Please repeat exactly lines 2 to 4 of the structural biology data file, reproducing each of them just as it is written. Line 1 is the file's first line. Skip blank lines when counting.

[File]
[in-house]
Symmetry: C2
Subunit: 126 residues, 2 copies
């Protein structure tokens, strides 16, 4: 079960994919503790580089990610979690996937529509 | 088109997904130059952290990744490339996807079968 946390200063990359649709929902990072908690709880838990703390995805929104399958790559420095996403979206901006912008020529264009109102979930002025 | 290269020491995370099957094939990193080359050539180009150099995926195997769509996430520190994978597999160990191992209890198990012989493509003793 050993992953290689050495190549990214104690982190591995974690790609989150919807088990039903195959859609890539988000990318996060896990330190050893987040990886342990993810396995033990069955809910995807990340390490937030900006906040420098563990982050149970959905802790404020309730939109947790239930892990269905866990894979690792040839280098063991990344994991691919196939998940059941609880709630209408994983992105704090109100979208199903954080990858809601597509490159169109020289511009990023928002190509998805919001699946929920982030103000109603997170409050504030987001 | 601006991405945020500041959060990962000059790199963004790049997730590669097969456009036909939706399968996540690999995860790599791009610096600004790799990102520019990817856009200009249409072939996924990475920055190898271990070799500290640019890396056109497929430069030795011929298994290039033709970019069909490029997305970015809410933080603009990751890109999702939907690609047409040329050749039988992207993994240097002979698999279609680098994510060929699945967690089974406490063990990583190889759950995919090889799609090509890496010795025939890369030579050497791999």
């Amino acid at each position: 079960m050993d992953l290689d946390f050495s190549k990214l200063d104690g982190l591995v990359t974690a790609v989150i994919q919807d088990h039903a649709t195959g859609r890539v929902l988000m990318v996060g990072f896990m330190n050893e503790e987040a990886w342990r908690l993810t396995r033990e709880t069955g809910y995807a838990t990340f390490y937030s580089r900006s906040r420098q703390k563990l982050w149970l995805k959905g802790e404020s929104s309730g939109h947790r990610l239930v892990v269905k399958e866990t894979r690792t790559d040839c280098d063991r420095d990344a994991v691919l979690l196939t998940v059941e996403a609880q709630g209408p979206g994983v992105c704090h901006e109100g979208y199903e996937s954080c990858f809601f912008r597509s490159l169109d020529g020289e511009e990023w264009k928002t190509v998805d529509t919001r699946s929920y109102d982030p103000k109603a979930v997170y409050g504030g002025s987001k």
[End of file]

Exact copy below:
Symmetry: C2
Subunit: 126 residues, 2 copies
């Protein structure tokens, strides 16, 4: 079960994919503790580089990610979690996937529509 | 088109997904130059952290990744490339996807079968 946390200063990359649709929902990072908690709880838990703390995805929104399958790559420095996403979206901006912008020529264009109102979930002025 | 290269020491995370099957094939990193080359050539180009150099995926195997769509996430520190994978597999160990191992209890198990012989493509003793 050993992953290689050495190549990214104690982190591995974690790609989150919807088990039903195959859609890539988000990318996060896990330190050893987040990886342990993810396995033990069955809910995807990340390490937030900006906040420098563990982050149970959905802790404020309730939109947790239930892990269905866990894979690792040839280098063991990344994991691919196939998940059941609880709630209408994983992105704090109100979208199903954080990858809601597509490159169109020289511009990023928002190509998805919001699946929920982030103000109603997170409050504030987001 | 601006991405945020500041959060990962000059790199963004790049997730590669097969456009036909939706399968996540690999995860790599791009610096600004790799990102520019990817856009200009249409072939996924990475920055190898271990070799500290640019890396056109497929430069030795011929298994290039033709970019069909490029997305970015809410933080603009990751890109999702939907690609047409040329050749039988992207993994240097002979698999279609680098994510060929699945967690089974406490063990990583190889759950995919090889799609090509890496010795025939890369030579050497791999």